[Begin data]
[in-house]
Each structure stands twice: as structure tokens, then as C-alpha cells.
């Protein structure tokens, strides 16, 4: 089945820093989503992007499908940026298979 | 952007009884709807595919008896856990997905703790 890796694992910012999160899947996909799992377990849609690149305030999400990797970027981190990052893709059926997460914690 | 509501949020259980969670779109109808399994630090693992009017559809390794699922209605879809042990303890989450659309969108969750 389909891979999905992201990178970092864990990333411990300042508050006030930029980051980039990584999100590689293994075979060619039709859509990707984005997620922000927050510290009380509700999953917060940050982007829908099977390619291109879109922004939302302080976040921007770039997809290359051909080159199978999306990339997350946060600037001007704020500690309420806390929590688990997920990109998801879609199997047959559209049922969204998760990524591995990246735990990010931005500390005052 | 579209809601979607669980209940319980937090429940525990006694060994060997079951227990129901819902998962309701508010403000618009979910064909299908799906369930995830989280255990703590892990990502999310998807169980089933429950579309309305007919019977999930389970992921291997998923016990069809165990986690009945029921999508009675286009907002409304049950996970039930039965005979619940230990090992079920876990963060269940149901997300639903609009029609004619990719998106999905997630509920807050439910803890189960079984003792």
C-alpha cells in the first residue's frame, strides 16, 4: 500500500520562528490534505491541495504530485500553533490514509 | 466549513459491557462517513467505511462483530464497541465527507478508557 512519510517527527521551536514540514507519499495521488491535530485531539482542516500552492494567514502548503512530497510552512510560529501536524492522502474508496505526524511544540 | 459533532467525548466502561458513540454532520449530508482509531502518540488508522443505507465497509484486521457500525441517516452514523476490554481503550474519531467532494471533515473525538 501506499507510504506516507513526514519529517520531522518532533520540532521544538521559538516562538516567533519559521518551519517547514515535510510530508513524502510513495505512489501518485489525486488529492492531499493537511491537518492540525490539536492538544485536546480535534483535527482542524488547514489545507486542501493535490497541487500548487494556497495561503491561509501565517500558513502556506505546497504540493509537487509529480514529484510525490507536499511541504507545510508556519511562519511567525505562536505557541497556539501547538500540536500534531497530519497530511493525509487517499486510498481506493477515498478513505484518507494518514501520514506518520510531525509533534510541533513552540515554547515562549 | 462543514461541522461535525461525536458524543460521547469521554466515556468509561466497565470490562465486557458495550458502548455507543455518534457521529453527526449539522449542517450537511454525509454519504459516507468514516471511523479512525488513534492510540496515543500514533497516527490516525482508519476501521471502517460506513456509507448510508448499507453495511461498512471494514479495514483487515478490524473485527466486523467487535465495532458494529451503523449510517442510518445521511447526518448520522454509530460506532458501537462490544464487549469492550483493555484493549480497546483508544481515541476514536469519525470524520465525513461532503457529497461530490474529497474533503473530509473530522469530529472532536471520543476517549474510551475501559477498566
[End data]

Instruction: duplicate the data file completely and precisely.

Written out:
[in-house]
Each structure stands twice: as structure tokens, then as C-alpha cells.
């Protein structure tokens, strides 16, 4: 089945820093989503992007499908940026298979 | 952007009884709807595919008896856990997905703790 890796694992910012999160899947996909799992377990849609690149305030999400990797970027981190990052893709059926997460914690 | 509501949020259980969670779109109808399994630090693992009017559809390794699922209605879809042990303890989450659309969108969750 389909891979999905992201990178970092864990990333411990300042508050006030930029980051980039990584999100590689293994075979060619039709859509990707984005997620922000927050510290009380509700999953917060940050982007829908099977390619291109879109922004939302302080976040921007770039997809290359051909080159199978999306990339997350946060600037001007704020500690309420806390929590688990997920990109998801879609199997047959559209049922969204998760990524591995990246735990990010931005500390005052 | 579209809601979607669980209940319980937090429940525990006694060994060997079951227990129901819902998962309701508010403000618009979910064909299908799906369930995830989280255990703590892990990502999310998807169980089933429950579309309305007919019977999930389970992921291997998923016990069809165990986690009945029921999508009675286009907002409304049950996970039930039965005979619940230990090992079920876990963060269940149901997300639903609009029609004619990719998106999905997630509920807050439910803890189960079984003792």
C-alpha cells in the first residue's frame, strides 16, 4: 500500500520562528490534505491541495504530485500553533490514509 | 466549513459491557462517513467505511462483530464497541465527507478508557 512519510517527527521551536514540514507519499495521488491535530485531539482542516500552492494567514502548503512530497510552512510560529501536524492522502474508496505526524511544540 | 459533532467525548466502561458513540454532520449530508482509531502518540488508522443505507465497509484486521457500525441517516452514523476490554481503550474519531467532494471533515473525538 501506499507510504506516507513526514519529517520531522518532533520540532521544538521559538516562538516567533519559521518551519517547514515535510510530508513524502510513495505512489501518485489525486488529492492531499493537511491537518492540525490539536492538544485536546480535534483535527482542524488547514489545507486542501493535490497541487500548487494556497495561503491561509501565517500558513502556506505546497504540493509537487509529480514529484510525490507536499511541504507545510508556519511562519511567525505562536505557541497556539501547538500540536500534531497530519497530511493525509487517499486510498481506493477515498478513505484518507494518514501520514506518520510531525509533534510541533513552540515554547515562549 | 462543514461541522461535525461525536458524543460521547469521554466515556468509561466497565470490562465486557458495550458502548455507543455518534457521529453527526449539522449542517450537511454525509454519504459516507468514516471511523479512525488513534492510540496515543500514533497516527490516525482508519476501521471502517460506513456509507448510508448499507453495511461498512471494514479495514483487515478490524473485527466486523467487535465495532458494529451503523449510517442510518445521511447526518448520522454509530460506532458501537462490544464487549469492550483493555484493549480497546483508544481515541476514536469519525470524520465525513461532503457529497461530490474529497474533503473530509473530522469530529472532536471520543476517549474510551475501559477498566